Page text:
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4 Ways to Deal with Negative Thoughts

 

 

 

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Negative thoughts can manifest slowly over time and are often a symptom of stress, anxiety, depression, or other mood-related mental illnesses. Due to the relative isolation many people face in modern society, a lot of people spend much of their time dwelling on their thoughts, and this often leads to damaging outcomes. While these processes are common, unwanted adverse thoughts can have a detrimental impact on your overall health and wellbeing, and this is why it is important to find ways to combat them. If you have been struggling with negative thoughts, here are a few different methods that may help you find constructive, positive ways of dealing with them.

Recognise Distorted Thoughts

The key to combating negative thoughts is first developing the ability to recognise them. If you don’t realise when your mind is taking a turn for the worse, it can be really difficult to stop yourself from catastrophising, internalising or thinking apathetically. Any time you notice a thought might be negative, try to draw attention to it, such as by writing it down or by actively replacing it with an overtly positive thought. 

Distract Your Mind

Negative thoughts are often more prevalent when people are given too much time to reflect and overthink different situations. By keeping your cognitive mind active and engaged, you can reduce the amount of time your thoughts have to turn to negative situations. For example, try to socialise as much as possible by going out and doing activities. Even when you are alone, you can keep your mind active by engaging in hobbies such as reading, writing, artwork or games.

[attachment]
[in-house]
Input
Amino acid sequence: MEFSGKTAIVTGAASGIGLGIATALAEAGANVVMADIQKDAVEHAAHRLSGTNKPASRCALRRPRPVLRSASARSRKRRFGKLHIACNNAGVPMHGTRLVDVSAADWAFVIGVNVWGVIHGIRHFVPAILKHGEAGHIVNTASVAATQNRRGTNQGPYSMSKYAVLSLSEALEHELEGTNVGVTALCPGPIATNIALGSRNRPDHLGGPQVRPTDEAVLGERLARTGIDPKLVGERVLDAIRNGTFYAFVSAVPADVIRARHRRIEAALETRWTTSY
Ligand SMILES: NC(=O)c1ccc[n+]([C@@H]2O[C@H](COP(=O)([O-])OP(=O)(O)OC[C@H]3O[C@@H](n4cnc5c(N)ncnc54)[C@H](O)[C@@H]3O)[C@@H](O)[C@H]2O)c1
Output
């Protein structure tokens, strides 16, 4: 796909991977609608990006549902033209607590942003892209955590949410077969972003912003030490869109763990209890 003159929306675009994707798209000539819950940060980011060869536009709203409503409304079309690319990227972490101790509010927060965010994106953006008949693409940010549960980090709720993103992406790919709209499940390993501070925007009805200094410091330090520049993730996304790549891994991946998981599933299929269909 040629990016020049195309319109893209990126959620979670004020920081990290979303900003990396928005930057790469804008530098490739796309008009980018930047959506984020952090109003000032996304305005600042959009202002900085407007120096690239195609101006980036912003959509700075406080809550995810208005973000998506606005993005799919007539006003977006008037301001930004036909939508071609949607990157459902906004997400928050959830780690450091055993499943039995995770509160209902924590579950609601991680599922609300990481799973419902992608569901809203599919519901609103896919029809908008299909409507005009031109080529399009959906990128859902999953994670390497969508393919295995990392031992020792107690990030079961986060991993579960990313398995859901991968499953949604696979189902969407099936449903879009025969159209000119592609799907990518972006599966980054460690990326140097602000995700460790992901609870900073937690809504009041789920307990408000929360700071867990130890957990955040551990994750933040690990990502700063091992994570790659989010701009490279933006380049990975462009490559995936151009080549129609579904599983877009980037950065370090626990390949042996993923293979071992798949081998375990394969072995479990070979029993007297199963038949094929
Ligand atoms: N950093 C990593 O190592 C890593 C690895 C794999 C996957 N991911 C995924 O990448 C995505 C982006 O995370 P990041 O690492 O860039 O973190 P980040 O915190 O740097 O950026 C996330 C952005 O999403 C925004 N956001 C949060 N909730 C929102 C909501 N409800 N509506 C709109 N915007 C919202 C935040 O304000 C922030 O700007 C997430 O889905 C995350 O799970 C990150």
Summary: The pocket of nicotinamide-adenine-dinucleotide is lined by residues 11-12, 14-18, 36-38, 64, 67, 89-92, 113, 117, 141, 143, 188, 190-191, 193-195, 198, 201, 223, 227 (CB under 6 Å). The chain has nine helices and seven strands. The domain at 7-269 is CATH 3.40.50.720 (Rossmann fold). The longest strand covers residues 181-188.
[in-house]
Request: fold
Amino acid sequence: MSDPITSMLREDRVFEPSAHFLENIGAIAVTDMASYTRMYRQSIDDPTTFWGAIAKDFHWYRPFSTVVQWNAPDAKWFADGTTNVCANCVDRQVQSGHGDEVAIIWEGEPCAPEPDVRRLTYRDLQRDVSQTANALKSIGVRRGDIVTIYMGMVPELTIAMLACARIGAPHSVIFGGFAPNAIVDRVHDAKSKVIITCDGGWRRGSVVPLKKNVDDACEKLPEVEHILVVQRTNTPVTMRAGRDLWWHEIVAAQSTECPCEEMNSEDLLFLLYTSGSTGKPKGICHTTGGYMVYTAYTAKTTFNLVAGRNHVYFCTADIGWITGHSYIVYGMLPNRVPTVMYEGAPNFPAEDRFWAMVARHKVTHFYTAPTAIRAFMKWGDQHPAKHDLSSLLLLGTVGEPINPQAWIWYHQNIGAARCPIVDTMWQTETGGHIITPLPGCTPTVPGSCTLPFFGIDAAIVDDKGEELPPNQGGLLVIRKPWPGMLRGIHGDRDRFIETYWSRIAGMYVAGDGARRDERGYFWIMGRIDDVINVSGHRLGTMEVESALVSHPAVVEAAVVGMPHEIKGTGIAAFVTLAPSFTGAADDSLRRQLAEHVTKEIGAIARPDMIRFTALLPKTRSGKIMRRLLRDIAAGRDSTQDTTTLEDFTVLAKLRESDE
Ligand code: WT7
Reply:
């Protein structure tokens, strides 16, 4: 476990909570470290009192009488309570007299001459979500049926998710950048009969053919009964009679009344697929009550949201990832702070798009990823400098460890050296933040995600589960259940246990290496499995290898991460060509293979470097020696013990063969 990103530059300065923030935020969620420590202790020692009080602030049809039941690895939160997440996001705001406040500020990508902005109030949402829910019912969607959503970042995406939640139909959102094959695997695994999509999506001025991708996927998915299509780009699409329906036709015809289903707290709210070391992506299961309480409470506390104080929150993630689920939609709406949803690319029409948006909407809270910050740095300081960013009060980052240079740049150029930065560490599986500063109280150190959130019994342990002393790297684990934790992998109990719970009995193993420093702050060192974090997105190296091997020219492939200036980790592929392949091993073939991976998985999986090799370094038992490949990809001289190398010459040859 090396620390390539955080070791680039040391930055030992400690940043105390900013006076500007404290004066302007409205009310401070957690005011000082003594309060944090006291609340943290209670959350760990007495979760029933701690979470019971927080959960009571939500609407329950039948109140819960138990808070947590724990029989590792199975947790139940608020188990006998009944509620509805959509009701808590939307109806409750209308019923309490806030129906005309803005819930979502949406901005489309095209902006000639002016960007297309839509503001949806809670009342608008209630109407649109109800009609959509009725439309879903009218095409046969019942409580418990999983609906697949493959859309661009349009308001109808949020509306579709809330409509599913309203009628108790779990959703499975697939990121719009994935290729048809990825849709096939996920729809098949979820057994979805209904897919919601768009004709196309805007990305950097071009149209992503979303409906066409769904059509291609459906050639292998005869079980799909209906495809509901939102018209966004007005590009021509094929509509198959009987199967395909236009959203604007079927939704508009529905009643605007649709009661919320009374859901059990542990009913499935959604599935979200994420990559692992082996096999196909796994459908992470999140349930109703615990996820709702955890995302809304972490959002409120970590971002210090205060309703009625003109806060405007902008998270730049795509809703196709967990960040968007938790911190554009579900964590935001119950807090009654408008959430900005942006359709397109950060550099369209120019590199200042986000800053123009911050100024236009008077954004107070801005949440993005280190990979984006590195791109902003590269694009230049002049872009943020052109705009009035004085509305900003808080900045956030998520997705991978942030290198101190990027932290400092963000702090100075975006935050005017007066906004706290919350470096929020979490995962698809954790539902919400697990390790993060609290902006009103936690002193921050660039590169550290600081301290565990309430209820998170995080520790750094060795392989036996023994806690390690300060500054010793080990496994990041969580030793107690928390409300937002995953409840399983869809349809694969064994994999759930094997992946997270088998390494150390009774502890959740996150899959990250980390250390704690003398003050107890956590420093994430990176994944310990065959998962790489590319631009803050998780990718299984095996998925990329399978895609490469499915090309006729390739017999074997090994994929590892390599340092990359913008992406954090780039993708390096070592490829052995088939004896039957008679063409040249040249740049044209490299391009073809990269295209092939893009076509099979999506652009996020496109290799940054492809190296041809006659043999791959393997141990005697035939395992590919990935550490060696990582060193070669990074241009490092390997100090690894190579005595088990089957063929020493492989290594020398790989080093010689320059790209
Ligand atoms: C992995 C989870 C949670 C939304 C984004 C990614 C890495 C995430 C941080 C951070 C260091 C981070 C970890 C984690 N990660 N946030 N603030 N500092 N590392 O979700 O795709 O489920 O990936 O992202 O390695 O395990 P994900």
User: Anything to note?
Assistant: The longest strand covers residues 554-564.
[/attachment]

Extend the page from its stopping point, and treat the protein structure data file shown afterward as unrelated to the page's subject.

Address The Causes Of Your Negativity

Negative thoughts don’t manifest without first having a catalyst to draw from. One of the best and most positive ways to reduce this kind of harmful thinking in the long term is to address the source of your unhappiness. It could mean doing anything from working on learning to love yourself, making lifestyle changes that promote a more positive outlook, or addressing past traumatic events that are affecting you in the present. Poor emotional wellbeing can also be caused by physical illnesses, such as brain trauma or chronic illness, so you may consider working with a professional who can guide you into getting a more positive outcome from these experiences. For example, if you were injured as a result of medical negligence, then you might consider putting forward a brain injury compensation claim.

Practice Gratitude

Spending time recognising all of the positive things in your life can sometimes be enough to drown out negative thought processes, even if it is in the short term. When you spend time practicing gratitude, you are actively engaging in positivity and happiness, and are also training your brain to look at life from a broader perspective. You may also find it useful to try mindfulness techniques for combating stress and anxiety, such as meditation and breathwork. There are many different types of meditation available to everyone, so you are likely to find something that works for you.

 

 

 

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